On 04/23/2015 01:54 PM, Adam Miller wrote:
It's recently become somewhat of a recurring theme in the
#fedora-releng channel to discuss the Fedora rel-eng tooling
development workflow, changes that would like to be seen, and
decisions on tools/infra to deliver them. I thought I'd shoot out an
email to the list to kick off the conversation in a more formal manner
with an initial proposal for feedback.
First, thank you!
I'm personally a fan of what I'll simply refer to as
workflow" by virtue of it's rise in popularity but it boils down to
1) Upstream project has a 'master' or 'devel' branch were dev happens
2) Developers fork the repository
3) Developers create "topic branches" (a branch for a specific dev
4) Developer then send a pull request to 'master' or 'devel' for code
5) Once reviewed and signed off on it is approved and merged
Now a couple things to note:
First and foremost is that this is by no means the only workflow
but just one that has become increasingly popular that I'm a fan of.
However, I'm certainly open to other suggestions and opinions but for
the sake of my initial proposal and the rest of this email I'll be
continuing on with this workflow in mind.
My biggest gripe with the github model is the enormous number of
out-of-date forks that end up existing. I prefer the gerrit model, which is:
1) Upstream has a single repo with a master branch (or devel, I guess)
2) Developers clone the repository and file reviews with tools like
git-review that are each a self-contained change (topic branch)
3) review happens between contributors with gerrit or similar
4) code is merged
5) on some basis (time, feature sets, dice rolls) releases are tagged
from "stable/release" branches, and backports/fixes can be added to
those branches over time.
Secondly, it has been brought up that the Fedora Rel-Eng team at
large does not want to use GitHub because it is non-free software and
I'm on board with that.
+1 for staying as free (or Libre) as possible.
With that second note in mind, there are a decent handful of open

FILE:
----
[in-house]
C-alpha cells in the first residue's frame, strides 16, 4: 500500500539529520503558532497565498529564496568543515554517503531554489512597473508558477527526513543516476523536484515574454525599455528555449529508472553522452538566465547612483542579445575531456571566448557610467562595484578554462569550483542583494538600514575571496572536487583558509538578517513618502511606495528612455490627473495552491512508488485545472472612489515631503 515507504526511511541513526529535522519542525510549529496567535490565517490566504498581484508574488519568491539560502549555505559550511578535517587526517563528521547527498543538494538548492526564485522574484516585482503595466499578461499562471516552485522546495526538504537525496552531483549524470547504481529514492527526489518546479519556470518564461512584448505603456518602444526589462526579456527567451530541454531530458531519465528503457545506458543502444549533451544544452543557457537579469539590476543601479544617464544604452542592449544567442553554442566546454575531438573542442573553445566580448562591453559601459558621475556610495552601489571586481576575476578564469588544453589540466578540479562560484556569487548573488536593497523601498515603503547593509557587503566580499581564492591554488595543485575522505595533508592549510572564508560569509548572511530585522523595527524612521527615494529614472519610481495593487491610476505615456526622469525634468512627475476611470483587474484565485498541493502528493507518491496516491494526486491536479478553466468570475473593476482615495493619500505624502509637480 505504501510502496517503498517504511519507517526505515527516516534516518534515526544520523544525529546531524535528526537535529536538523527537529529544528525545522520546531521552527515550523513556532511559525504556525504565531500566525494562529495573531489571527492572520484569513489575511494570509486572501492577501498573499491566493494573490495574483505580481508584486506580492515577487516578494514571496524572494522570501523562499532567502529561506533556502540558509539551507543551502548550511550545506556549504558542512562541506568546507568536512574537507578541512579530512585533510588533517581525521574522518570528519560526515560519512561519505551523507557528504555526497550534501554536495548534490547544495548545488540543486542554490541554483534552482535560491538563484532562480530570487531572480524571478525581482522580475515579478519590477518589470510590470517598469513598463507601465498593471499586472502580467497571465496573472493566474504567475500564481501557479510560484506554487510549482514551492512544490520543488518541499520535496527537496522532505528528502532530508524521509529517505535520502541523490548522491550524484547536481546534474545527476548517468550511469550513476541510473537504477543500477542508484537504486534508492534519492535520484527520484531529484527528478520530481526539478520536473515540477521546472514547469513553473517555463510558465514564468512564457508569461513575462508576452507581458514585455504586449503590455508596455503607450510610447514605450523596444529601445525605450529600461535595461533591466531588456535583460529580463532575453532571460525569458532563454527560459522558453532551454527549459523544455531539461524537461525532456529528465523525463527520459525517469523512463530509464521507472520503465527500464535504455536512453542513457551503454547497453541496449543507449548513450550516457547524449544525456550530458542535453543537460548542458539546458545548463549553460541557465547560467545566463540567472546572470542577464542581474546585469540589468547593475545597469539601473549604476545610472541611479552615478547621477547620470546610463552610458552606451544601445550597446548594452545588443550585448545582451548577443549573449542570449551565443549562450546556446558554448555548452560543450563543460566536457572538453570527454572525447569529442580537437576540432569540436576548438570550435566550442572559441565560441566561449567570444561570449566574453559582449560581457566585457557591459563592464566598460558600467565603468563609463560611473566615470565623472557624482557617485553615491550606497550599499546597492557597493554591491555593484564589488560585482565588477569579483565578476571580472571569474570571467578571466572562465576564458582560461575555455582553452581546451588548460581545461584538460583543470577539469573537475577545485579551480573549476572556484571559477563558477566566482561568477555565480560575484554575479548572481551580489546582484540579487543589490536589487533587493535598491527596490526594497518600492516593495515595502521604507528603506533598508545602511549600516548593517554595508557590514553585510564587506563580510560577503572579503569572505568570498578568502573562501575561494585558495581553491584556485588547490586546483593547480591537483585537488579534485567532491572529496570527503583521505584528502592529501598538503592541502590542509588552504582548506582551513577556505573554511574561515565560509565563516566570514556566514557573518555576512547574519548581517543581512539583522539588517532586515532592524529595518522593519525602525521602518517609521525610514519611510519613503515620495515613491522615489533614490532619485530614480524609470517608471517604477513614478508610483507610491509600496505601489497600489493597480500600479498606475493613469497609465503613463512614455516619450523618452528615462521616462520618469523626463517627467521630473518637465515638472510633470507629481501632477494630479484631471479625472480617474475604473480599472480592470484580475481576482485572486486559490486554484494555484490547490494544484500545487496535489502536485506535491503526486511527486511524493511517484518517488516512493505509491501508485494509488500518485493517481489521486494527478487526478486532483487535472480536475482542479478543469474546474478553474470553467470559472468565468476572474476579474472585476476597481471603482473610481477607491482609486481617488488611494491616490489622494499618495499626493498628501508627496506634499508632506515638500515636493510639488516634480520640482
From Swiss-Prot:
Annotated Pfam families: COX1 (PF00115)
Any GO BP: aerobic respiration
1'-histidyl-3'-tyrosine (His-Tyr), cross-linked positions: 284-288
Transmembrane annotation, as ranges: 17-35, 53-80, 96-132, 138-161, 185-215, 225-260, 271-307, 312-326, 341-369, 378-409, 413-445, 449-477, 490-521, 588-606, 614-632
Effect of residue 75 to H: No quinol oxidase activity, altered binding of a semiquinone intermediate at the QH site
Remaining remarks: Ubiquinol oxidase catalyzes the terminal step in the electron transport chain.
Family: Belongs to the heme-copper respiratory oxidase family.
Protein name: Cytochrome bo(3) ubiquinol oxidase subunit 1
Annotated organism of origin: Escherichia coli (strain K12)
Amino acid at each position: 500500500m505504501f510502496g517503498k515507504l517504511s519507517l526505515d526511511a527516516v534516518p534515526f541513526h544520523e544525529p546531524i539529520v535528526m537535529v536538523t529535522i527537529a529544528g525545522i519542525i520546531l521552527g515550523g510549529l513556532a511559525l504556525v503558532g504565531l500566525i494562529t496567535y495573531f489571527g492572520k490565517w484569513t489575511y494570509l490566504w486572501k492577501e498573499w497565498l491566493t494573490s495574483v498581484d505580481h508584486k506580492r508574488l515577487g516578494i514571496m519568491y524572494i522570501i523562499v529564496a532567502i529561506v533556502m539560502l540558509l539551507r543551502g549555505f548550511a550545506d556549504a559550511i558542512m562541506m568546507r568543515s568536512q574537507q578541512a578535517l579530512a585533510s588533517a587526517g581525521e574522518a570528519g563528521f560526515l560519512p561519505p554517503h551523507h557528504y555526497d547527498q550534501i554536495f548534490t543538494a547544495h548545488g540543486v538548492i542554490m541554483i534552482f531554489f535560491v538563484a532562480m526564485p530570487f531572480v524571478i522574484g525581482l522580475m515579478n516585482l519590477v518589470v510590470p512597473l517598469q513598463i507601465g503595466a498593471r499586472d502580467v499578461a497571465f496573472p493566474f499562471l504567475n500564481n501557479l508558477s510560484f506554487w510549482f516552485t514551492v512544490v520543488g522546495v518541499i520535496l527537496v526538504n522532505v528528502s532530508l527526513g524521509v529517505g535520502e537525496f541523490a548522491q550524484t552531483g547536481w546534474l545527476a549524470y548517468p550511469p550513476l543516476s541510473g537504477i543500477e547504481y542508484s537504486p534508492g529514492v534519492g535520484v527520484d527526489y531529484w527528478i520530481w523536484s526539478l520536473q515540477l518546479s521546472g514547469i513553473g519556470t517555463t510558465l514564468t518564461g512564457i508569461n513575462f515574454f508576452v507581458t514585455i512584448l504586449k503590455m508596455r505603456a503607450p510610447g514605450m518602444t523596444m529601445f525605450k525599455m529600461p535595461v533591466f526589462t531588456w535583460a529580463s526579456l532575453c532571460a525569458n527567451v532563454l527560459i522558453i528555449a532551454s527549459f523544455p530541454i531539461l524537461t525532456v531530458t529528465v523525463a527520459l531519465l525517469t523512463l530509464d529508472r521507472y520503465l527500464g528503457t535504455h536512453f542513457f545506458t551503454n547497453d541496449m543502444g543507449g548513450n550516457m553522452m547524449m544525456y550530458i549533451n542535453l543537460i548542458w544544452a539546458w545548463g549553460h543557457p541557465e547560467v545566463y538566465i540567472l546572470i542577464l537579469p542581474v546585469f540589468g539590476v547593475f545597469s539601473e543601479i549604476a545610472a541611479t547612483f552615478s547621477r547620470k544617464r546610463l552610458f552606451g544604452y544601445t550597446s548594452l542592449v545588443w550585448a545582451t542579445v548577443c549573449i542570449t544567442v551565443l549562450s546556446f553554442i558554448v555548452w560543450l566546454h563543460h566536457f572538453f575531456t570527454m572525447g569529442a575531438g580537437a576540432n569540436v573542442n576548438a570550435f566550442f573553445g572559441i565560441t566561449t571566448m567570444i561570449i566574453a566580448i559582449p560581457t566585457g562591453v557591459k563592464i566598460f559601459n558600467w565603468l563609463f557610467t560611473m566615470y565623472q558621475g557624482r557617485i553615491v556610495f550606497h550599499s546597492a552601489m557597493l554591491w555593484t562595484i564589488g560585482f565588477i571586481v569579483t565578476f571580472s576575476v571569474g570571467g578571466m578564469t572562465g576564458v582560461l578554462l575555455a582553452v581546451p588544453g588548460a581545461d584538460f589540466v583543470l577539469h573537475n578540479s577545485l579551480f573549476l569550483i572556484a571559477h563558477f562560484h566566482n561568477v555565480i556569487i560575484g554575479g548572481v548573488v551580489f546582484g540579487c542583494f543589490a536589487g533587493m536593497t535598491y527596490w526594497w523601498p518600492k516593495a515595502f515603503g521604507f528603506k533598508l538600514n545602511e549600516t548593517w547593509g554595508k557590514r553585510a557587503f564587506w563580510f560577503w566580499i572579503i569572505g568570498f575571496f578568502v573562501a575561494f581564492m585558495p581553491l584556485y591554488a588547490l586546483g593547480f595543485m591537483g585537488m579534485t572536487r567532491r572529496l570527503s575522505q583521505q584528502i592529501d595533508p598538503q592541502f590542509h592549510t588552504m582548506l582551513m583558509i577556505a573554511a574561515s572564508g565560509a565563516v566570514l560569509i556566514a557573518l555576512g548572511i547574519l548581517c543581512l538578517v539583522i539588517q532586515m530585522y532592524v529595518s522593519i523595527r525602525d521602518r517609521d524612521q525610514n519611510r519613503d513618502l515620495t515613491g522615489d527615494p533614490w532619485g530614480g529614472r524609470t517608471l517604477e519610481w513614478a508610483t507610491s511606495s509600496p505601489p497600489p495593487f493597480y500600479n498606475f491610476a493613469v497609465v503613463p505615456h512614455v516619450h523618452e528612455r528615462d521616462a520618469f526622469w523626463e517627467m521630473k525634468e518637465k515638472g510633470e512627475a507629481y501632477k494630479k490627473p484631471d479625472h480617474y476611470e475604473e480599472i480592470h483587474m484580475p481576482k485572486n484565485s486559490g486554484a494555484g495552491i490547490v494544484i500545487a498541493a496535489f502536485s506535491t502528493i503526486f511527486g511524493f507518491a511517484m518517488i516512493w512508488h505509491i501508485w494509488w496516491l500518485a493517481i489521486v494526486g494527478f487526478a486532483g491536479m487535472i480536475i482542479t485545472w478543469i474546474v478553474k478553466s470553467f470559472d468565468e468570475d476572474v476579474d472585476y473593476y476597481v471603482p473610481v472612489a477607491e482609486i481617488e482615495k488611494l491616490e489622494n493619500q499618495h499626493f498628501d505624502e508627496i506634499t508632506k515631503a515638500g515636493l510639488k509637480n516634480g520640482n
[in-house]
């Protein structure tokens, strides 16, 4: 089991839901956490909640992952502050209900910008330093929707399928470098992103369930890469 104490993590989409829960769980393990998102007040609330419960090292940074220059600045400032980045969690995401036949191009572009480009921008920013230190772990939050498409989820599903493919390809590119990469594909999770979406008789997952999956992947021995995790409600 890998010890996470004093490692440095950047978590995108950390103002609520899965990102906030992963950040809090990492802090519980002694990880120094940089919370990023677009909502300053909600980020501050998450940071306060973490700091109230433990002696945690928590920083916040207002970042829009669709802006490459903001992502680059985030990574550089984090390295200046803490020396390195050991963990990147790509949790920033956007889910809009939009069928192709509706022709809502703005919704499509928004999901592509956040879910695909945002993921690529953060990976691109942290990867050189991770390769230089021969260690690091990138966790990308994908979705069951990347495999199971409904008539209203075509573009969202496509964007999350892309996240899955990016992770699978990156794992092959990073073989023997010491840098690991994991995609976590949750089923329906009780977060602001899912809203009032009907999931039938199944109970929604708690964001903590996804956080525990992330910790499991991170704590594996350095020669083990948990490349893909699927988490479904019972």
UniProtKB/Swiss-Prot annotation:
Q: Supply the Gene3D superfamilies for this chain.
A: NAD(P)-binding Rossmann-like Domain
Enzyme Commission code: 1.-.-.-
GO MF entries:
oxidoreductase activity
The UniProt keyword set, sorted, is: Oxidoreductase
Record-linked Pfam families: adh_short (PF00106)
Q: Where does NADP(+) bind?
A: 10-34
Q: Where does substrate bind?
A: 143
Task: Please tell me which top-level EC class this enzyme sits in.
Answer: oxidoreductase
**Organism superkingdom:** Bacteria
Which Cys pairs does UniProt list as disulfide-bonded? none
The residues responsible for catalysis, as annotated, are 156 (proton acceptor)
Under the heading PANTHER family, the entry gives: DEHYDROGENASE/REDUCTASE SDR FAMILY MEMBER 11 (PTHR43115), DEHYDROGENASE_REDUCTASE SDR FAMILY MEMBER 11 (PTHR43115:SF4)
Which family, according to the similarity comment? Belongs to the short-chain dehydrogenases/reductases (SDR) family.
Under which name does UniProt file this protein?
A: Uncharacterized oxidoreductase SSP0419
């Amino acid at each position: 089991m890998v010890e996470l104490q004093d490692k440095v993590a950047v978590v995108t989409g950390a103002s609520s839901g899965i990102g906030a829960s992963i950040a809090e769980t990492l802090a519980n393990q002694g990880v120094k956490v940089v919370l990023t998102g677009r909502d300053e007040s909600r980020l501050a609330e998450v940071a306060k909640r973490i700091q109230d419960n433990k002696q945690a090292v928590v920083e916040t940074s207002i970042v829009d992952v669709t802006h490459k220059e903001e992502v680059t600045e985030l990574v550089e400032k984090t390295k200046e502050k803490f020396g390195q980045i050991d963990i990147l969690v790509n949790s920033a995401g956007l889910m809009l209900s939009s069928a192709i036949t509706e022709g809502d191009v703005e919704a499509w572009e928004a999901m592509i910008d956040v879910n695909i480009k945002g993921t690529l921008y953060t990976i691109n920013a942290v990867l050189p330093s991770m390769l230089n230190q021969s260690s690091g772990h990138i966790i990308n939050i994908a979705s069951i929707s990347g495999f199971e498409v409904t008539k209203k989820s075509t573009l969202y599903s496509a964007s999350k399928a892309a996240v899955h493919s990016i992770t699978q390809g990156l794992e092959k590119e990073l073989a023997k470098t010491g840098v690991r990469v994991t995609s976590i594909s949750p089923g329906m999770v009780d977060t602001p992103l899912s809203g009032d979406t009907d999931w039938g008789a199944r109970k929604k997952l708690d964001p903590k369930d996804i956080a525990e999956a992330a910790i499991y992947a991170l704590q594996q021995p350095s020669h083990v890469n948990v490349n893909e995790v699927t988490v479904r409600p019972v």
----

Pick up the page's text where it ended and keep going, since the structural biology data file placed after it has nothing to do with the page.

source solutions for this and of those there are two "front runners"
in my mind for our use since they are written in python and the Fedora
team at large has plenty of experience developing and
hosting/deploying/administering software written in python. They are:
- pagure (http://pagure.dev.fedoraproject.org/
This has been written by Fedora's very own pingou and it satisfies
all immediate requirements that I know of (including FAS account
integration) and would offer the ability for us to fine-tune it for
our needs since it's effectively been developed "in house" but we
could also work to make it more popular in the broader community so
see if others would like to join and help add even more features to
- kallithea (https://kallithea-scm.org/
This project has been growing interest and to the best of my
knowledge is that it's slated towards being used officially by
upstream CPython developers at python.org
, however some have mentioned
in #fedora-releng that there are missing features that we'd need/want
so this might require a bit of initial heavy lifting to add upstream.
(also no current support for FAS integration)
I've read about kallithea and it does look quite nice, I'd be curious
what features it's missing as is (other than FAS, of course).
I've never used either of the above suggestions, but I'd also throw
Gerrit into the running because it has quite good review workflows, is
used by other FOSS projects, and has lots of existing tooling.
Alright, with all that said. I'd like to kind of round this back
set of requirements for the group in terms of the new workflow and
I think everyone agrees that we need:
1) Code Review
2) Easy viewing/reference of code review history
3) Accountability for 1 & 2
Making sure the project exposes event hooks (for CI, fedmsg, commit
hooks, etc) will probably be an important factor in any tool we choose,
but that's certainly lower priority than code review & easy
If there are others, or things I have left out please let me know.
OK, that's it! If you made it this far, I owe you a cookie or something.
Please provide feedback, questions, and general snide remarks.
Thanks for getting the ball rolling on this.
Ryan Brown / Software Engineer, Openstack / Red Hat, Inc.